During my last couple of years as a television news producer, I watched the networks try to recover from a six year failure to bring truth to power (the political party in power being irrelevant incidentally; the job of the press is to maintain an adversarial relationship with the government at all times) and what's worse, to pretend that they had a backbone all along. I watched my bosses literally stand in the middle of the newsroom and ask, "What can we do to not lead with Iraq?" -- the reason being that Iraq, although an important story, wasn't always a surefire ratings draw. I was asked to complete self-evaluations which pressed me to describe the ways in which I'd "increased shareholder value." (For the record, if you're a rank-and-file member of a newsroom, you should never under any circumstances even hear the word "shareholders," let alone be reminded that you're beholden to them.) I watched the media in general do anything within reason to scare the hell out of the American public -- to convince people that they were about to be infected by the bird flu, poisoned by the food supply, or eaten by sharks. I marveled at our elevation of the death of Anna Nicole Smith to near-mythic status and our willingness to let the airwaves be taken hostage by every permutation of opportunistic degenerate from a crying judge to a Hollywood hanger-on with an emo haircut. I watched qualified, passionate people worked nearly to death while mindless talking heads were coddled. I listened to Lou Dobbs play the loud-mouthed fascist demagogue, Nancy Grace fake ratings-baiting indignation, and Glenn Beck essentially do nightly stand-up -- and that's not even taking into account the 24/7 Vaudeville act over at Fox News. I watched The Daily Show laugh not at our mistakes but at our intentional absurdity.

More on this theme, and perhaps even on Celebrity Apprentice, and why Donald Trump doesn't know the first thing about management (which is different from simply making money).

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14 February 2008

Why is Online Advertising So Effective?

Because it can be measured. Because the person paying for the ads can be presented with numbers that look big - doesn't quite matter what the numbers are, mind you, just that they're numbers. And they're big.

But certainly, for promoting brand awareness, for increasing offline sales, for "converting" clicks to credit card charges (unless you're in the identity theft business, which is a whole other story), online advertising is not very effective at all. A recent study on the behaviours of what it calls "natural born clickers," paints a gloomy picture for most conventional (that is, founded in a broadcast mentality by fogey marketers) digital branding strategies:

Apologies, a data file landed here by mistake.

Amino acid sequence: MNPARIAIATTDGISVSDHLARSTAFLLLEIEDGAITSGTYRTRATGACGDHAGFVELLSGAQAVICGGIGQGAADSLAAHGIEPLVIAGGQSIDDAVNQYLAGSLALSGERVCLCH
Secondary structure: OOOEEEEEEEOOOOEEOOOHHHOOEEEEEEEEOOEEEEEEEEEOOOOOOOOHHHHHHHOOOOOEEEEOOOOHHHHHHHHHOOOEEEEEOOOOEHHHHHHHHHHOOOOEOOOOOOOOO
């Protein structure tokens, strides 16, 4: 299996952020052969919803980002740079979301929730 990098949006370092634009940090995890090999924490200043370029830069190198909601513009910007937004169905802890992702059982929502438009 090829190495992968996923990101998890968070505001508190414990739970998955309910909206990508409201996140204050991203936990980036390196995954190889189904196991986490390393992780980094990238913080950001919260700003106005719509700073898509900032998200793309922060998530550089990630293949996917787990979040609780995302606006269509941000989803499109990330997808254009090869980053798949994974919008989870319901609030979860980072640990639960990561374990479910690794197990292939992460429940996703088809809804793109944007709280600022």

The study illustrates that heavy clickers represent just 6% of the online population yet account for 50% of all display ad clicks. While many online media companies use click-through rate as an ad negotiation currency, the study shows that heavy clickers are not representative of the general public. In fact, heavy clickers skew towards Internet users between the ages of 25-44 and households with an income under $40,000. Heavy clickers behave very differently online than the typical Internet user, and while they spend four times more time online than non-clickers, their spending does not proportionately reflect this very heavy Internet usage. Heavy clickers are also relatively more likely to visit auctions, gambling, and career services sites – a markedly different surfing pattern than non-clickers.

Further preliminary Starcom data suggests no correlation between display ad clicks and brand metrics, and show no connection between measured attitude towards a brand and the number of times an ad for that brand was clicked. The research presentation suggests that when digital campaigns have a branding objective, optimizing for high click rates does not necessarily improve campaign performance.
Time to rethink what branding is all about in the UCaPP world, boys and girls. And that, as it turns out, is one of the themes of the keynote I'll be giving at next week's Consumer Trends Forum International conference in Boston.

I won't spoil the surprise, but here's a hint: It's not about vision any more.

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13 February 2008

Breaking News: Snow in Toronto - A CBC Special Report


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Morgentaler and the Order of Canada